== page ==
“This absolutely calls into question the viability of high-speed rail going forward,” Assemblyman Marc Steinorth, R-Rancho Cucamonga said in an interview with The San Francisco Chronicle. “If the bullet train can’t prove its worth, (this amendment) provides a pathway to ending the funding for the boondoggle once and for all.”
But despite the potential ramifications, both supporters and critics of the bullet train are, at least for now, downplaying the proposal’s significance.
Alley said that by 2024, Silicon Valley-to-Central Valley segment would already be a year from its projected completion date. She added that by this time the economic benefits of the program will be clear to voters.
“We really feel confident that (by 2024) the benefits of the program and the historic nature of where we will be will play a huge factor” in potential cap-and-trade negotiations, Alley said
Aaron Fukuda, a critic of the rail line and vice president of the Citizens for California High Speed Rail Accountability, was skeptical that voters will even pass the Mayes amendment. He said project supporters could push a majority of citizens to vote no.
“(California is) ruled by Sacramento and the strings are pulled by the unions,” Fukuda said. “So when it gets down to a voter initiative this won’t be made into a straight forward question, vote and answer. It’s going to get complicated, (and) there’s going to be a lot of money thrown around.”
Ironically, it may be California’s other environmental regulations that end up further complicating the bullet train’s future.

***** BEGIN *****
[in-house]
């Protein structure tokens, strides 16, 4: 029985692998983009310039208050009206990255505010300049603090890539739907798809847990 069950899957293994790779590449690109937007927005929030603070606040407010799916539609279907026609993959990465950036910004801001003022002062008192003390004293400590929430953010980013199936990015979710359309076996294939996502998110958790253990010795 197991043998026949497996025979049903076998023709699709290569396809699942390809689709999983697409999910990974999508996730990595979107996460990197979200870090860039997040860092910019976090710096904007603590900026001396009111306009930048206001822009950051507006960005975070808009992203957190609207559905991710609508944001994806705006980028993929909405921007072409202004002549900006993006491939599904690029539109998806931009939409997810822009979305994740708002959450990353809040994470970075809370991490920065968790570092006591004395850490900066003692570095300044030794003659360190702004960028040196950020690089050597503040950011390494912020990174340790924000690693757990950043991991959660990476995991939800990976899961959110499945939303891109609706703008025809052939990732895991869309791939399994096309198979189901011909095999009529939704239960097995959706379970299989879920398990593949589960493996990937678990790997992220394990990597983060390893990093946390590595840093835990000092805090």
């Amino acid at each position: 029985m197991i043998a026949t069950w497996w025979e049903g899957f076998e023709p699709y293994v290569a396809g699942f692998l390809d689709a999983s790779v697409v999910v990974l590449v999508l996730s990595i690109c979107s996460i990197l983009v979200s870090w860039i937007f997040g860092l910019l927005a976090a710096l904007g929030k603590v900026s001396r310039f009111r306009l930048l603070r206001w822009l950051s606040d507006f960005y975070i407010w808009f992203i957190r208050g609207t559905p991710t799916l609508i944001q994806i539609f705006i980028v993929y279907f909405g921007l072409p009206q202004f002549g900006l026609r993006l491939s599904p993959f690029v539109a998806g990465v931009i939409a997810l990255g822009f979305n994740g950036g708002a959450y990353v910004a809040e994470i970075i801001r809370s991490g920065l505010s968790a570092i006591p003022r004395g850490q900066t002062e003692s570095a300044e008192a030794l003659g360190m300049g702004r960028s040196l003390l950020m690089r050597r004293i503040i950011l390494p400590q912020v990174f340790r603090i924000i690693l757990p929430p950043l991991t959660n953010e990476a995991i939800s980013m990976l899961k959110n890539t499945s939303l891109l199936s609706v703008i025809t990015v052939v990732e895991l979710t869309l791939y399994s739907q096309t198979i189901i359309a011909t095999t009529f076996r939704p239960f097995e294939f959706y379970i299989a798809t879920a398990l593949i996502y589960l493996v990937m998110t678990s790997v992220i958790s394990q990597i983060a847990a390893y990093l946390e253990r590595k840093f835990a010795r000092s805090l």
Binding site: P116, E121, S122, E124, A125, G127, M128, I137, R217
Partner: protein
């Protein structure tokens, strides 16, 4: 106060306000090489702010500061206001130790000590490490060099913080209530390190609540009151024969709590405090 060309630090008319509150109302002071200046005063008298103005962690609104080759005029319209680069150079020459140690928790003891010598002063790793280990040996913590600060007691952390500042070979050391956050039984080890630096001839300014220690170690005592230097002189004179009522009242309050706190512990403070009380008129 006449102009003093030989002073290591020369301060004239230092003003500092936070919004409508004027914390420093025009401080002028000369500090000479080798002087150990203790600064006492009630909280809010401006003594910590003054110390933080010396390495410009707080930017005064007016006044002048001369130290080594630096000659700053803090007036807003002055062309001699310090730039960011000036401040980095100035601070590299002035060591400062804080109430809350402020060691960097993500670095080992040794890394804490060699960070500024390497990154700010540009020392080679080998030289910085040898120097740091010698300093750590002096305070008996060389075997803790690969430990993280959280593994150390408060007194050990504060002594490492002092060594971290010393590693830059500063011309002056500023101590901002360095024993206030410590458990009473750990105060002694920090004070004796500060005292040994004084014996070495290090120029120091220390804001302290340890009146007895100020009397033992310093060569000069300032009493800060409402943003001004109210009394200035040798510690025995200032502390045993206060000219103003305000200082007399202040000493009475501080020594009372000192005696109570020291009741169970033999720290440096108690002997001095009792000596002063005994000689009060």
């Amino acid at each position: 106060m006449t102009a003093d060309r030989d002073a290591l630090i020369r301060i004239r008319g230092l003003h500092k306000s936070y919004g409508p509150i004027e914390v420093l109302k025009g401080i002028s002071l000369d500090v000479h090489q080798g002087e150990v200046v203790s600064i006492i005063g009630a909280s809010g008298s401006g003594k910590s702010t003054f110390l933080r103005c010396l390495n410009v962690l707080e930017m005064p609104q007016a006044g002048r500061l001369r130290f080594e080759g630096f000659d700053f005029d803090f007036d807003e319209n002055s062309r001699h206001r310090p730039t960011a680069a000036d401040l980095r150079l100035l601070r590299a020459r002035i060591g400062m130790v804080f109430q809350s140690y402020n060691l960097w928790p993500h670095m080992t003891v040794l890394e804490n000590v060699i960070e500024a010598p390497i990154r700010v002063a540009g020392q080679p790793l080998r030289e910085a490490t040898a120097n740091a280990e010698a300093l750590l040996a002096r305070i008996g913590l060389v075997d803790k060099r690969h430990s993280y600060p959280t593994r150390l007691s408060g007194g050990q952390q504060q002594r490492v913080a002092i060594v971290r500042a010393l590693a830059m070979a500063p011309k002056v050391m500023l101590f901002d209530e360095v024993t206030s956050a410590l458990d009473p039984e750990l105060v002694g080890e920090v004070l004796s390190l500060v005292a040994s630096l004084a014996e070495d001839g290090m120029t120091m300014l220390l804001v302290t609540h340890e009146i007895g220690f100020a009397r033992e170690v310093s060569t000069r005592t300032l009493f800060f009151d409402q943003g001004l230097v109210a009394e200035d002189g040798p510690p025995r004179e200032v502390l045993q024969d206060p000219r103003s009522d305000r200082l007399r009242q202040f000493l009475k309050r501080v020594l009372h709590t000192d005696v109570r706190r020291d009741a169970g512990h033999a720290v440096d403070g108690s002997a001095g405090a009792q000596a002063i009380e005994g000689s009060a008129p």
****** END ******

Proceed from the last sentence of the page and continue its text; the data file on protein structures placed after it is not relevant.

In a late July, ruling the California Supreme Court found that publicly owned rail projects could not completely bypass the state’s environmental laws, including the California Environmental Quality Act (CEQA), the state’s premier environmental protection law.
Though the plaintiffs of the case were the North Coast Rail Authority and a nearby environmental watchdog group, the ruling was viewed as a win for bullet train opponents, including the Central Valley farmers who have previously sued the HSRA on grounds that the new rail line disrupts their land.
The state-run project now likely will be subject to the notoriously slow -moving CEQA procedures, which could further delay the project.
In an an email statement, Alley said the ruling would have no immediate impact on the project and that the HSRA would keep complying with required regulations.
“We will continue our ongoing work of preparing environmental documents for the remaining project section complying with both the federal (NEPA) and state (CEQA) environmental requirements,” the statement read.
While challenges to the project appear bound to continue, construction on the project is well underway on a 119-mile section between Madera and Bakersfield.
This early phase of the project is also providing a steady source of trade jobs.
According to the State Building and Construction Trades Council of California, there were 1,220 tradespeople working on the project’s Central Valley segment as of May 31. This workforce includes electricians, iron workers and laborers, and they are paid a prevailing wage that averages out to about $51,000 annually.